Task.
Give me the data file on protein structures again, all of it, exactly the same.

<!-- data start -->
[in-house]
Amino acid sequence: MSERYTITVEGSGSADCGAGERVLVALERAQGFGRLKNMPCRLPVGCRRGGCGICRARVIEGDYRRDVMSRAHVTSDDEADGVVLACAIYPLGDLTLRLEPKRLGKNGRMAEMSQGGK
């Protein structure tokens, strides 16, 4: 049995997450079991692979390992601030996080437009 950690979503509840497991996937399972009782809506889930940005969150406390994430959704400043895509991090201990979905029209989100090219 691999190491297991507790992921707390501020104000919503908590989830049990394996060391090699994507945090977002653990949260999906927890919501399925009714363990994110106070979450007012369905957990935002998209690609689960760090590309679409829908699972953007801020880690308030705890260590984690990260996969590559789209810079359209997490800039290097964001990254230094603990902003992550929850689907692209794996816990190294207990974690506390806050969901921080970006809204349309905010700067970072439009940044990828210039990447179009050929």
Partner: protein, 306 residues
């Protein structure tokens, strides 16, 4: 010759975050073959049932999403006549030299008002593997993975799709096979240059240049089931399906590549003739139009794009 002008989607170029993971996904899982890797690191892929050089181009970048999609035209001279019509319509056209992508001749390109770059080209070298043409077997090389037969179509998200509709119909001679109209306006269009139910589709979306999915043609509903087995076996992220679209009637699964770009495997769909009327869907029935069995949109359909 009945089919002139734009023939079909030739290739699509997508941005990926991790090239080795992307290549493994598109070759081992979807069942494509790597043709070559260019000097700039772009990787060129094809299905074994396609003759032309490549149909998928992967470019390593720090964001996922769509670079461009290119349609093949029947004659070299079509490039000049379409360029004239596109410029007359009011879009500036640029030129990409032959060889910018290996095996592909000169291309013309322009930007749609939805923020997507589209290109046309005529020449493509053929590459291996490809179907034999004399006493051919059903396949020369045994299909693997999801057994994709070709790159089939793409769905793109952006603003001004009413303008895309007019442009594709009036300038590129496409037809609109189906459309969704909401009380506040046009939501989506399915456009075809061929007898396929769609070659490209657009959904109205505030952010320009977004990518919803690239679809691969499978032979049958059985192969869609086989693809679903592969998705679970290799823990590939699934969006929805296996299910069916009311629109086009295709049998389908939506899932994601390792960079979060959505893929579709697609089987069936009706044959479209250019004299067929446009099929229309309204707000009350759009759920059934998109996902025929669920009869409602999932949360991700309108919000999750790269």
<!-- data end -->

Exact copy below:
[in-house]
Amino acid sequence: MSERYTITVEGSGSADCGAGERVLVALERAQGFGRLKNMPCRLPVGCRRGGCGICRARVIEGDYRRDVMSRAHVTSDDEADGVVLACAIYPLGDLTLRLEPKRLGKNGRMAEMSQGGK
């Protein structure tokens, strides 16, 4: 049995997450079991692979390992601030996080437009 950690979503509840497991996937399972009782809506889930940005969150406390994430959704400043895509991090201990979905029209989100090219 691999190491297991507790992921707390501020104000919503908590989830049990394996060391090699994507945090977002653990949260999906927890919501399925009714363990994110106070979450007012369905957990935002998209690609689960760090590309679409829908699972953007801020880690308030705890260590984690990260996969590559789209810079359209997490800039290097964001990254230094603990902003992550929850689907692209794996816990190294207990974690506390806050969901921080970006809204349309905010700067970072439009940044990828210039990447179009050929």
Partner: protein, 306 residues
């Protein structure tokens, strides 16, 4: 010759975050073959049932999403006549030299008002593997993975799709096979240059240049089931399906590549003739139009794009 002008989607170029993971996904899982890797690191892929050089181009970048999609035209001279019509319509056209992508001749390109770059080209070298043409077997090389037969179509998200509709119909001679109209306006269009139910589709979306999915043609509903087995076996992220679209009637699964770009495997769909009327869907029935069995949109359909 009945089919002139734009023939079909030739290739699509997508941005990926991790090239080795992307290549493994598109070759081992979807069942494509790597043709070559260019000097700039772009990787060129094809299905074994396609003759032309490549149909998928992967470019390593720090964001996922769509670079461009290119349609093949029947004659070299079509490039000049379409360029004239596109410029007359009011879009500036640029030129990409032959060889910018290996095996592909000169291309013309322009930007749609939805923020997507589209290109046309005529020449493509053929590459291996490809179907034999004399006493051919059903396949020369045994299909693997999801057994994709070709790159089939793409769905793109952006603003001004009413303008895309007019442009594709009036300038590129496409037809609109189906459309969704909401009380506040046009939501989506399915456009075809061929007898396929769609070659490209657009959904109205505030952010320009977004990518919803690239679809691969499978032979049958059985192969869609086989693809679903592969998705679970290799823990590939699934969006929805296996299910069916009311629109086009295709049998389908939506899932994601390792960079979060959505893929579709697609089987069936009706044959479209250019004299067929446009099929229309309204707000009350759009759920059934998109996902025929669920009869409602999932949360991700309108919000999750790269």